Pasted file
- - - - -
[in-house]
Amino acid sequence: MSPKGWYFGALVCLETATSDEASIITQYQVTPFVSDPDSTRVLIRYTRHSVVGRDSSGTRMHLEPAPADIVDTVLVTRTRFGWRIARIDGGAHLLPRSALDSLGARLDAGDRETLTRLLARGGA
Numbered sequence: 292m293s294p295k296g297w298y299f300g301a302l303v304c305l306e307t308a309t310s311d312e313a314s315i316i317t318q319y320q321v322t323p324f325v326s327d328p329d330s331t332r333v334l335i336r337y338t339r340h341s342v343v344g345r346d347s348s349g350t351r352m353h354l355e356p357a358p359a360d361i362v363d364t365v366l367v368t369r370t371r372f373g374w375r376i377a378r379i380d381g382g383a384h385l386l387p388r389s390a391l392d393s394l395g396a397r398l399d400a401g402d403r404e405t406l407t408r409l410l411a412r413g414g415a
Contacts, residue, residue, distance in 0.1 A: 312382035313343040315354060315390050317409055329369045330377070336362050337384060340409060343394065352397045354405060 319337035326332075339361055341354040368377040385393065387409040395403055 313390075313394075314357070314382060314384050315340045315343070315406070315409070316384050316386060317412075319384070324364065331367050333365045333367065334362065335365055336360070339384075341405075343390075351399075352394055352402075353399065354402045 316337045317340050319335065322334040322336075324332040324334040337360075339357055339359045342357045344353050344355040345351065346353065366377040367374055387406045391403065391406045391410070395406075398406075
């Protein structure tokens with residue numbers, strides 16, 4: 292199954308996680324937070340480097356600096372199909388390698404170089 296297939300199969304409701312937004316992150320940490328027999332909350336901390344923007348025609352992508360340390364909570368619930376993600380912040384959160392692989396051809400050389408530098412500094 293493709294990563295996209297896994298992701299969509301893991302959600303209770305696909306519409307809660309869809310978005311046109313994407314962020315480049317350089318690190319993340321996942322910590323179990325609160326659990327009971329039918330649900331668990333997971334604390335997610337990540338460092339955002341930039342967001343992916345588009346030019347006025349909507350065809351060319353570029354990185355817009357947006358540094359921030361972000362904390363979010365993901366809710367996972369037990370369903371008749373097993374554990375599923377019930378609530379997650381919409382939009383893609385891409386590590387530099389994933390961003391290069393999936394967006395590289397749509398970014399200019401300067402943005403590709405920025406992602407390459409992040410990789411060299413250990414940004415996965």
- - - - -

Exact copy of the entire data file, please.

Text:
[in-house]
Amino acid sequence: MSPKGWYFGALVCLETATSDEASIITQYQVTPFVSDPDSTRVLIRYTRHSVVGRDSSGTRMHLEPAPADIVDTVLVTRTRFGWRIARIDGGAHLLPRSALDSLGARLDAGDRETLTRLLARGGA
Numbered sequence: 292m293s294p295k296g297w298y299f300g301a302l303v304c305l306e307t308a309t310s311d312e313a314s315i316i317t318q319y320q321v322t323p324f325v326s327d328p329d330s331t332r333v334l335i336r337y338t339r340h341s342v343v344g345r346d347s348s349g350t351r352m353h354l355e356p357a358p359a360d361i362v363d364t365v366l367v368t369r370t371r372f373g374w375r376i377a378r379i380d381g382g383a384h385l386l387p388r389s390a391l392d393s394l395g396a397r398l399d400a401g402d403r404e405t406l407t408r409l410l411a412r413g414g415a
Contacts, residue, residue, distance in 0.1 A: 312382035313343040315354060315390050317409055329369045330377070336362050337384060340409060343394065352397045354405060 319337035326332075339361055341354040368377040385393065387409040395403055 313390075313394075314357070314382060314384050315340045315343070315406070315409070316384050316386060317412075319384070324364065331367050333365045333367065334362065335365055336360070339384075341405075343390075351399075352394055352402075353399065354402045 316337045317340050319335065322334040322336075324332040324334040337360075339357055339359045342357045344353050344355040345351065346353065366377040367374055387406045391403065391406045391410070395406075398406075
């Protein structure tokens with residue numbers, strides 16, 4: 292199954308996680324937070340480097356600096372199909388390698404170089 296297939300199969304409701312937004316992150320940490328027999332909350336901390344923007348025609352992508360340390364909570368619930376993600380912040384959160392692989396051809400050389408530098412500094 293493709294990563295996209297896994298992701299969509301893991302959600303209770305696909306519409307809660309869809310978005311046109313994407314962020315480049317350089318690190319993340321996942322910590323179990325609160326659990327009971329039918330649900331668990333997971334604390335997610337990540338460092339955002341930039342967001343992916345588009346030019347006025349909507350065809351060319353570029354990185355817009357947006358540094359921030361972000362904390363979010365993901366809710367996972369037990370369903371008749373097993374554990375599923377019930378609530379997650381919409382939009383893609385891409386590590387530099389994933390961003391290069393999936394967006395590289397749509398970014399200019401300067402943005403590709405920025406992602407390459409992040410990789411060299413250990414940004415996965």